One further development with the potential to transform the region into a regional energy hub is the proposed EastMed pipeline, which would link natural gas from fields offshore Israel and Cyprus (Eni’s Aphrodite) to Greece and Italy. In December 2017, Israel, Greece, Cyprus and Italy signed a memorandum of understanding setting out their commitment to the project. This project has also received the support of the European Commission, which has allocated EUR34.5 million ($40 million) to complete planning of the pipeline. A final investment decision for the pipeline, with an estimated cost of $7 billion, should be taken in early 2019.

As mentioned earlier, one of the main objectives of the Framework is to encourage new foreign players to enter the market. In this context, in November 2016, the Ministry of Energy published a tender for oil and gas exploration in Israel’s offshore exclusive economic zone. Unfortunately, demand for these licenses was somewhat underwhelming. Out of the 24 blocks offered, only six licenses were awarded, five to Energean and a sixth to a consortium of four Indian companies. At this stage it is too early to assess what impact these awards will have on the future of the industry.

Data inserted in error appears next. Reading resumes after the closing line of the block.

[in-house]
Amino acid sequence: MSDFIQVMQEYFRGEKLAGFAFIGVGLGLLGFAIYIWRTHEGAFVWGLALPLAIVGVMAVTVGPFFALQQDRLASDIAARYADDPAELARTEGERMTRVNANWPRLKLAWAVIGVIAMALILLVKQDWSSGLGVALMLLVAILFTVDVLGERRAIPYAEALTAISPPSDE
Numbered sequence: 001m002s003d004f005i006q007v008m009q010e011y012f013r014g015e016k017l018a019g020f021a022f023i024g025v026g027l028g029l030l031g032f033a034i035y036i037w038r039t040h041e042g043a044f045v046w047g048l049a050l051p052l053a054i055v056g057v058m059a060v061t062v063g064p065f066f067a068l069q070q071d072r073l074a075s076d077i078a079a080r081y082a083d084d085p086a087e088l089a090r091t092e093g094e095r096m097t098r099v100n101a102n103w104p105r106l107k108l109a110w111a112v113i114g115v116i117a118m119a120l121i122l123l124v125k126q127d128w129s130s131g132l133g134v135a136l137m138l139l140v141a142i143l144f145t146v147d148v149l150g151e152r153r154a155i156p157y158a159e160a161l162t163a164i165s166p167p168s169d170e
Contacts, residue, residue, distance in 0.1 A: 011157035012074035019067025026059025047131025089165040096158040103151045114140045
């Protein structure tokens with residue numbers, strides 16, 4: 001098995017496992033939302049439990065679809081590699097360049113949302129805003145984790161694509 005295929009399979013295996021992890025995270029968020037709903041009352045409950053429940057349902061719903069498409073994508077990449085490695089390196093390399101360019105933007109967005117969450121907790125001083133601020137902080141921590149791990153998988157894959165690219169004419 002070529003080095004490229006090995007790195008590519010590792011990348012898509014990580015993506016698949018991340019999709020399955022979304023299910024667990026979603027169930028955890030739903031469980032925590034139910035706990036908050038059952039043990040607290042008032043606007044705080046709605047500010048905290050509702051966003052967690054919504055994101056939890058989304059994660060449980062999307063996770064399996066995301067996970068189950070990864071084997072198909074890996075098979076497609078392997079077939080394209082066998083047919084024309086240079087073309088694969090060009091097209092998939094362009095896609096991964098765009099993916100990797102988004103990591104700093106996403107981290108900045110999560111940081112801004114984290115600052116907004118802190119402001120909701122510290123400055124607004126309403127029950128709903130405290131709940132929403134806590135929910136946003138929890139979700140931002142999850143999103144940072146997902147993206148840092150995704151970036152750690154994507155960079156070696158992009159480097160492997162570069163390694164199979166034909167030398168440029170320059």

There have also been reports recently of plans to develop the Gaza Marine reservoir, situated off the coast of the Gaza Strip, which could potentially add an interesting dimension to the regional market. According to the reports, the rights holders in the reservoir are negotiating with Energean for development and operation of the reservoir, which contains an estimated 32 bcm. Over the coming years as some of the proposed projects in the Eastern Mediterranean basin develop and become operational, it will be interesting to see what kind of joint co-operation might transpire, with the infrastructure crossing very sensitive geopolitical boundaries. A further issue is the potential environmental implications of these projects and the increasing power of environmental groups in Israel, some of which are in the process of petitioning the applicable regulatory bodies in Israel regarding the location of the Leviathan offshore platform, in a bid to move this farther offshore. In addition, these groups have been petitioning authorities regarding greater disclosure requirements concerning information provided to the public on emission levels.